BLOOMINGTON, Minn. (KMSP) - Kelly Holstine, an English teacher and founding member at Tokata Learning Center in Shakopee, was humbled to learn she had been chosen as Education Minnesota’s Teacher of the Year. The announcement was made Sunday afternoon inside the Raddison Blu at the Mall of America during Education Minnesota’s 54th annual program.
“Every single kid matters, that’s so important to me,” said Holstine. “You get these kids and sometimes they’re scared, or they’ve been hurt. Or they have stuff going on at home, stuff that’s happened to them that’s outside of their control—chemical dependency, mental health issues. All of these things that happen to these kids that they didn’t plan for and they get to school and they’re supposed to learn?”
To make sure her students do learn, Holstine leads with relational mindfulness.
“I get up every morning and think of the ways that I want to connect with kids,” she said.
After exploring careers in media and social services Holstine earned her master’s degree at Augsburg College and has taught 9th through 12th grade for the past 11 years.
In one of her responses to questions posed by the Education Minnesota panel, she explained her teaching practice:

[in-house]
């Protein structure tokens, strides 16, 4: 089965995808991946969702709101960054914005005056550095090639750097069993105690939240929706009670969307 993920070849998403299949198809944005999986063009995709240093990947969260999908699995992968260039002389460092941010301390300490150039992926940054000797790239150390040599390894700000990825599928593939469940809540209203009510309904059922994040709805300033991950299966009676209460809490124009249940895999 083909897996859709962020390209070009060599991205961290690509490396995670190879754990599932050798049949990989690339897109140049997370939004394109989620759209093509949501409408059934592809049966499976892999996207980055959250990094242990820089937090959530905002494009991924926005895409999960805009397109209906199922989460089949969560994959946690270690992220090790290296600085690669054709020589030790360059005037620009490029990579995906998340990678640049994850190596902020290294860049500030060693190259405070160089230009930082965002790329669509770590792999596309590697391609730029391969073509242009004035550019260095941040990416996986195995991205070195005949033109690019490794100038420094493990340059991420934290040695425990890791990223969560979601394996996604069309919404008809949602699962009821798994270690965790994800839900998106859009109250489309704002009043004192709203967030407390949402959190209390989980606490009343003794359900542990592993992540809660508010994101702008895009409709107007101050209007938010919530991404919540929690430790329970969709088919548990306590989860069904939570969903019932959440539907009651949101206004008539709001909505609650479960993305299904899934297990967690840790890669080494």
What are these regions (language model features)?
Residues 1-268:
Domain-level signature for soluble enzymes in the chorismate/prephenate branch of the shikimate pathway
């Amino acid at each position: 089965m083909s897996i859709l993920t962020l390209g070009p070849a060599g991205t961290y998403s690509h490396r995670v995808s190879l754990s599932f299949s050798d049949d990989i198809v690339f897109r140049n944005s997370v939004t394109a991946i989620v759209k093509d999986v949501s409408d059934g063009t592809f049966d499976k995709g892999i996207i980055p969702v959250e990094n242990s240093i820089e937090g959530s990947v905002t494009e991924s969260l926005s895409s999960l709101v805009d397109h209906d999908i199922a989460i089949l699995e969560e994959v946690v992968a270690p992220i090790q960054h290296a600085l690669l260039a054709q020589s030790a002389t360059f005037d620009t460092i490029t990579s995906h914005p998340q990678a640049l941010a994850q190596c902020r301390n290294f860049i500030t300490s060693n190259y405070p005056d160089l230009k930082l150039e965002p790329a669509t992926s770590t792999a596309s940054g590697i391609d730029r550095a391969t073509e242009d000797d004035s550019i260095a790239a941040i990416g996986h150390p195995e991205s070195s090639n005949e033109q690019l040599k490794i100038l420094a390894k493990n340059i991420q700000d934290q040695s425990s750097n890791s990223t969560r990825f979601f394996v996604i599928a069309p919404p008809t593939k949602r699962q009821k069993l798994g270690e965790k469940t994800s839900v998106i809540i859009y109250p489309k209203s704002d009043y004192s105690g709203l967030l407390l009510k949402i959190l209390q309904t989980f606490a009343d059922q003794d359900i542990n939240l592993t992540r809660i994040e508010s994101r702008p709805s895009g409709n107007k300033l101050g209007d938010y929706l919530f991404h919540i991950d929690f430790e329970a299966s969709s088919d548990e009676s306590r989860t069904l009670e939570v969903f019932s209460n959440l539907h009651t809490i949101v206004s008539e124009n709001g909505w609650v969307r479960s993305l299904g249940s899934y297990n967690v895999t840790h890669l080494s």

I chose to be a teacher at a non-traditional age. Ten years later, my teaching practice still strongly matches this philosophy: teaching individuals to effectively solve problems (Ryan & Cooper, 2004), allowing students to learn by doing (Ryan and Cooper, 2004), giving students an active role in the learning process (Kohn, 1999), and valuing the process of learning more than the outcome (Kohn, 1999), respecting the whole of the child(Dewey, 1916 & Noddings, 2005) and creating a ‘community of learners’ – as opposed to a collection of discrete individuals (Kohn, p. 3 1999).
In Holstine’s classroom, students have a voice and a choice. As they crack open the books, she validates their feelings to help heighten their empathy for themselves and others.
“I walk into the classroom and ask the kids what they need to try to get it for them,” Holstine said of her daily routine at school.
Holstine’s knack for making young people feel emotionally, physically and intellectually secure is why she’s now Minnesota Teacher of the Year.
“I want to be a better teacher every day,” she said.
As Teacher of the Year, Holstine will also be an ambassador. She plans to change the narrative around alternative learning centers across the nation.
“I want to help people understand that these students are amazing and sometimes they might just need a little bit of extra love, extra patience, a little bit of extra understanding,” she said. “Once they get that, then they can flourish and blossom, find their voices and excel and learn!”
Holstine was chosen from an initial pool of 167 candidates and 12 finalists.
Minnesota’s Commissioner of Education will nominate Holstine for the National Teacher of the Year program.
The national program is a project of the Council of Chief State School Officers.